Prenatal infection rare, but perilous
CHICAGO — It's a common, usually harmless virus. But in a rare, unlucky set of circumstances, it can be devastating for infants whose mothers become infected during pregnancy.
Brain damage, deafness and other birth defects are among potential problems when women inadvertently transmit the virus in the womb. Because those complications are so rare, most people have never heard of CMV — shorthand for cytomegalovirus.
Infectious disease specialists, parents of affected children and, now, some legislators are trying to spread awareness about the virus.
CMV is related to germs that cause genital herpes, cold sores and chicken pox. It spreads by exposure to body fluids from an infected person. Infections usually are silent but can cause sore throats and fatigue.
However, the virus can be serious for people with weakened immune systems, including HIV-infected patients and organ transplant recipients. And it can interfere with prenatal brain growth.
The chances of getting infected while pregnant are small, and the chances of passing along the virus in utero are even smaller. Of about 4 million annual U.S. births, about 30,000 babies — less than 1 percent — are born with a CMV infection. About 5,000 of those babies will have CMV-related permanent problems.
The first law in the nation mandating a CMV awareness campaign took effect in July in Utah. It requires urine or saliva tests in newborns who fail already required hearing tests. Studies suggest early treatment with anti-viral medicine may limit hearing loss and may benefit the child's development, too.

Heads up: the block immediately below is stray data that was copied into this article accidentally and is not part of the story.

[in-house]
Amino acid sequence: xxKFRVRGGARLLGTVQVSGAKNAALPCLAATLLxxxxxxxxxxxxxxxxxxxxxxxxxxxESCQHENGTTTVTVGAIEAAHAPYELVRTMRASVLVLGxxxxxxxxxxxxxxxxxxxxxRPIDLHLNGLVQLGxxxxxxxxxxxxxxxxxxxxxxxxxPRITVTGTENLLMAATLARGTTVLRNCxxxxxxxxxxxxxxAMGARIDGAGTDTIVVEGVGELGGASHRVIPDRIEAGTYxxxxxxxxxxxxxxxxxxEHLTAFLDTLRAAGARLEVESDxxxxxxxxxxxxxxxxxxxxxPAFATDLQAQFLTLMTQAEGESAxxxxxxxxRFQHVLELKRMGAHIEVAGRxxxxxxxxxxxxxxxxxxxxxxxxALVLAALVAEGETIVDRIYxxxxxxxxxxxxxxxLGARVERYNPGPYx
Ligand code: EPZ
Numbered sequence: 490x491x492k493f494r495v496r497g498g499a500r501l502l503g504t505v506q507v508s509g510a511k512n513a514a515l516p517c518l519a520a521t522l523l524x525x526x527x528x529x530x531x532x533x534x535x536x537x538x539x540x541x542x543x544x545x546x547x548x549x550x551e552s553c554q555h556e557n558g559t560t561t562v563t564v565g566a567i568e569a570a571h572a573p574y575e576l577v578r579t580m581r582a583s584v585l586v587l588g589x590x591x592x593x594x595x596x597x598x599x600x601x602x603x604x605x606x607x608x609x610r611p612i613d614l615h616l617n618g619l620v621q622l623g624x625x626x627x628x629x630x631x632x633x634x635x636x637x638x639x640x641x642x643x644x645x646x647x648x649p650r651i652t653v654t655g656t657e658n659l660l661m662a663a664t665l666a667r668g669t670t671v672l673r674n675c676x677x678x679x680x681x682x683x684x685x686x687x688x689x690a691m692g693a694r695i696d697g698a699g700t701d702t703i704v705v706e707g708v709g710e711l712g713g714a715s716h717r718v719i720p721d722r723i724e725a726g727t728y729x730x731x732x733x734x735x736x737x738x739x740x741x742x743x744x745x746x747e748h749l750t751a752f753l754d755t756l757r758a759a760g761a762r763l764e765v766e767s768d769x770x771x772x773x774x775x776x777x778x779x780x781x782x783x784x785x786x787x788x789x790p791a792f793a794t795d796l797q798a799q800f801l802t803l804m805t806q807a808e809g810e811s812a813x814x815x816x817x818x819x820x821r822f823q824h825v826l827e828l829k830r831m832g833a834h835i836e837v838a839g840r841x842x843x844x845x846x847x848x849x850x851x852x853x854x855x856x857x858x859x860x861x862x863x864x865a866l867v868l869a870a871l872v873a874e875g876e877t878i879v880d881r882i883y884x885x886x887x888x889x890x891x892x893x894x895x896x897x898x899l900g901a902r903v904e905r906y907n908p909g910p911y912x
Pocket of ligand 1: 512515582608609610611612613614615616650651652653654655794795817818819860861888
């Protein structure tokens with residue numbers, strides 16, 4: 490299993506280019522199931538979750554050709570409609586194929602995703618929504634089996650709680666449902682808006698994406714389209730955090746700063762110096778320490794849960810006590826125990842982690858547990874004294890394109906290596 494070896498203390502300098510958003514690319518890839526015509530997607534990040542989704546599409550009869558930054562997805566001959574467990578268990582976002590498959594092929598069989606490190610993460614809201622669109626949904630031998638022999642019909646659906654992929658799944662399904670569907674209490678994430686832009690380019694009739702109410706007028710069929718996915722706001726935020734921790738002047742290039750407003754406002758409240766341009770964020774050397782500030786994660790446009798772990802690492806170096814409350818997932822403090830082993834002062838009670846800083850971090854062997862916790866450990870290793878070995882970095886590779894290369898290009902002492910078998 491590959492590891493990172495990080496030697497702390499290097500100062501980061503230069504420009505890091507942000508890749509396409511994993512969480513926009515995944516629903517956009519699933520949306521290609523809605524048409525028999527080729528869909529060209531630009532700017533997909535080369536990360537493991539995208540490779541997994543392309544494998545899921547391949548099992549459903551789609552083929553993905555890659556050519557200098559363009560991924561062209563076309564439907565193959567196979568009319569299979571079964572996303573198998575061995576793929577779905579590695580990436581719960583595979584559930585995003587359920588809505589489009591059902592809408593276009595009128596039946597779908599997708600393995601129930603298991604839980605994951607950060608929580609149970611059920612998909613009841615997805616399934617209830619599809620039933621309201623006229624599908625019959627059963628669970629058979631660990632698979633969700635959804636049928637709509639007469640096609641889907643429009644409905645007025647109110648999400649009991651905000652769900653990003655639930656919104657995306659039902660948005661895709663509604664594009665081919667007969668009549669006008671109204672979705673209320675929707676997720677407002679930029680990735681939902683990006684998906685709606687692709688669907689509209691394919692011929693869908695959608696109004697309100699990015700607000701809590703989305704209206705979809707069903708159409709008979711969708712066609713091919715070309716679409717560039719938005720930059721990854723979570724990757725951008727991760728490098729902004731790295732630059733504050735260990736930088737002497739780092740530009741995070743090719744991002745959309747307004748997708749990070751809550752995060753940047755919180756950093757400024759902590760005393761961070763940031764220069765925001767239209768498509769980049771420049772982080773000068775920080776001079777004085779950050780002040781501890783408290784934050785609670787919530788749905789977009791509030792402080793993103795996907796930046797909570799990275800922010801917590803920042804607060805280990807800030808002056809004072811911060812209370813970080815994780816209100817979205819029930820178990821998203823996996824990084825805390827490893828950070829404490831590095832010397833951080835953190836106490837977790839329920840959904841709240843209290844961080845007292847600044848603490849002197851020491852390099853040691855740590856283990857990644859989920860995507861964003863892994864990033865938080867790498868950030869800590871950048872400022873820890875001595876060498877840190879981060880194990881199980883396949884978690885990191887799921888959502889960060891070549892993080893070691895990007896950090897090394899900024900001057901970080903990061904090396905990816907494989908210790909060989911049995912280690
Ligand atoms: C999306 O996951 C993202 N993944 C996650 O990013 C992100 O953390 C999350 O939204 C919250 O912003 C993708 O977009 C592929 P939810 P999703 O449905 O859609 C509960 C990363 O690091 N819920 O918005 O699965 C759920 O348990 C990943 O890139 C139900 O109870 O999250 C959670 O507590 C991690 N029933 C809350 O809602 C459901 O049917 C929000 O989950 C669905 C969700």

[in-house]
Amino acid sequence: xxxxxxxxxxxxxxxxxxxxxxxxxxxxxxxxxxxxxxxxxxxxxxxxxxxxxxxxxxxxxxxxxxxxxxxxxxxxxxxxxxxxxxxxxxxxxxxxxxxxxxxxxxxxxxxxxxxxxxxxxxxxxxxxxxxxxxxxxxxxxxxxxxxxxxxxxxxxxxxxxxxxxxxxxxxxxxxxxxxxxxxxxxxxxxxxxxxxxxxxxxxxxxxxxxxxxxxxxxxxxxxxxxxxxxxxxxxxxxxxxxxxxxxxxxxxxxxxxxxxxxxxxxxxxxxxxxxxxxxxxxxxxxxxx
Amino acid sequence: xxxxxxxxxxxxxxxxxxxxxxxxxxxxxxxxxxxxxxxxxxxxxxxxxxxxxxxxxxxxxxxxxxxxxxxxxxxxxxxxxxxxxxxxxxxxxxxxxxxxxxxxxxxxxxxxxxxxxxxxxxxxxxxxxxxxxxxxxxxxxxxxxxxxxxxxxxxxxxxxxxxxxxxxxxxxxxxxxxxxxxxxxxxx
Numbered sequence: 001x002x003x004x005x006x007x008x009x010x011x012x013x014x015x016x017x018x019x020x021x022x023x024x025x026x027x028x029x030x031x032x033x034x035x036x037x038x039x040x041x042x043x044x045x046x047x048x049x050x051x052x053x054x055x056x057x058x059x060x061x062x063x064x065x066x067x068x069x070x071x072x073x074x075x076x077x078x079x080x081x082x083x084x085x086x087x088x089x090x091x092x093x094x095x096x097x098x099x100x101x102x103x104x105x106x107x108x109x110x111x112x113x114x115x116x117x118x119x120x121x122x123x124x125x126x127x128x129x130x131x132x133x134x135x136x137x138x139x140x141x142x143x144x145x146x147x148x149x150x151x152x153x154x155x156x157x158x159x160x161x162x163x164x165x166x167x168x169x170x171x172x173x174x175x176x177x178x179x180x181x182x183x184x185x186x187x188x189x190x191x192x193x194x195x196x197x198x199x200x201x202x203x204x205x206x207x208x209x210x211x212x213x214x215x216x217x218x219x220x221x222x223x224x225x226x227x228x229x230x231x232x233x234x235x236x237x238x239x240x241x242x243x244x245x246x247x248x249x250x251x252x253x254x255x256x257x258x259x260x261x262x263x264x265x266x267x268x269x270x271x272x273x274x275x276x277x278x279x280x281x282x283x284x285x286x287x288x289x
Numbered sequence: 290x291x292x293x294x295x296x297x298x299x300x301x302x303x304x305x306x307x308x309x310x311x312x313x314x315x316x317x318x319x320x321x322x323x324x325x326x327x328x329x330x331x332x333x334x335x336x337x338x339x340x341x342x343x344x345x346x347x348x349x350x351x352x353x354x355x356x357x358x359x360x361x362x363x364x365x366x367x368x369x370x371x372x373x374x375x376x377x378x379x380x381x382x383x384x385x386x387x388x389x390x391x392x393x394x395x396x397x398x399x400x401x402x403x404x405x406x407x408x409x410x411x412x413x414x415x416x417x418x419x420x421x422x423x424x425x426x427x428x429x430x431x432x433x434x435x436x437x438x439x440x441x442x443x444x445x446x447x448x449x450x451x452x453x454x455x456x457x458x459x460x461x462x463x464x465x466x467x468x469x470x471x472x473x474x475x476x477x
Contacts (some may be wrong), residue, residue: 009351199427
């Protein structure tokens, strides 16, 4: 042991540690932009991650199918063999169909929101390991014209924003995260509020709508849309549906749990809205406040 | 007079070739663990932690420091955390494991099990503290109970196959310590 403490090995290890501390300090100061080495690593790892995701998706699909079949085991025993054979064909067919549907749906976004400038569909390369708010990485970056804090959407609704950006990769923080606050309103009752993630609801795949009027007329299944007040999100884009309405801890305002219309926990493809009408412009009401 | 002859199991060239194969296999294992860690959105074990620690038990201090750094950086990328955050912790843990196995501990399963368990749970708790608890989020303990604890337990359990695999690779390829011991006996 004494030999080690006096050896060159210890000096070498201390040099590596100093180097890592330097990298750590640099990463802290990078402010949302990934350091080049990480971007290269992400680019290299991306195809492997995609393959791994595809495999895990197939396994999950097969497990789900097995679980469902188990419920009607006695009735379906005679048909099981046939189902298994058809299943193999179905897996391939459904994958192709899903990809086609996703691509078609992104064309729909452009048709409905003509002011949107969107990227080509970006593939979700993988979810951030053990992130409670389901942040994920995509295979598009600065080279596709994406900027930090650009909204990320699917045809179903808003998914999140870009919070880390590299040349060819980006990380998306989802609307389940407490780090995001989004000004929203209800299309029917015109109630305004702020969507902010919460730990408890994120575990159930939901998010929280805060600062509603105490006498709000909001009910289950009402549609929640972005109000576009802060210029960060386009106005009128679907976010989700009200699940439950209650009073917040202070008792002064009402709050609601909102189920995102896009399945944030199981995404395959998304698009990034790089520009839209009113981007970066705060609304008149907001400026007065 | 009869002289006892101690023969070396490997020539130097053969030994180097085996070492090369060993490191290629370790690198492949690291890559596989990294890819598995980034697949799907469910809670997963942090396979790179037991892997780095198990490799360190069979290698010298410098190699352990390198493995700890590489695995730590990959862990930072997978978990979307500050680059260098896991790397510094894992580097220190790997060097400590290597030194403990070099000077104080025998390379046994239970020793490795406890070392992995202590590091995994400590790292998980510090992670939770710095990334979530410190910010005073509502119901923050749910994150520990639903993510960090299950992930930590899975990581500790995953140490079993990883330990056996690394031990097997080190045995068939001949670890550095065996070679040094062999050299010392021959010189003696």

Lawmakers in Illinois and Connecticut introduced similar measures this year.
Show commenting policy
TribLive commenting policy
You are solely responsible for your comments and by using TribLive.com you agree to our Terms of Service.
We moderate comments. Our goal is to provide substantive commentary for a general readership. By screening submissions, we provide a space where readers can share intelligent and informed commentary that enhances the quality of our news and information.
While most comments will be posted if they are on-topic and not abusive, moderating decisions are subjective. We will make them as carefully and consistently as we can. Because of the volume of reader comments, we cannot review individual moderation decisions with readers.
We value thoughtful comments representing a range of views that make their point quickly and politely. We make an effort to protect discussions from repeated comments either by the same reader or different readers.
We follow the same standards for taste as the daily newspaper. A few things we won't tolerate: personal attacks, obscenity, vulgarity, profanity (including expletives and letters followed by dashes), commercial promotion, impersonations, incoherence, proselytizing and SHOUTING. Don't include URLs to Web sites.
We do not edit comments. They are either approved or deleted. We reserve the right to edit a comment that is quoted or excerpted in an article. In this case, we may fix spelling and punctuation.
We welcome strong opinions and criticism of our work, but we don't want comments to become bogged down with discussions of our policies and we will moderate accordingly.
We appreciate it when readers and people quoted in articles or blog posts point out errors of fact or emphasis and will investigate all assertions. But these suggestions should be sent via e-mail. To avoid distracting other readers, we won't publish comments that suggest a correction. Instead, corrections will be made in a blog post or in an article.
- Kentucky clerk invokes ‘God’s authority,’ still refuses gay marriage licenses
- Less sleep increases your chance of catching a cold, researchers say
- Clinton: Women ‘expect’ extremism from terrorists, not GOP candidates
- Postal Service falls short of slower mail delivery standards
- Federal Reserve Vice Chairman Fischer open to interest rate hike
- New Orleans slow to heal 10 years after Hurricane Katrina
- Will Trump run as independent? He says decision will be made soon
- New guidelines to take effect for military equipment distributed to law enforcement
- Indians, Asians lead Mexicans among immigrants in U.S.
- Lost hiker survived 9 days with broken leg in California’s Sierra Nevada
- West Virginia on pace to issue record number of concealed-carry permits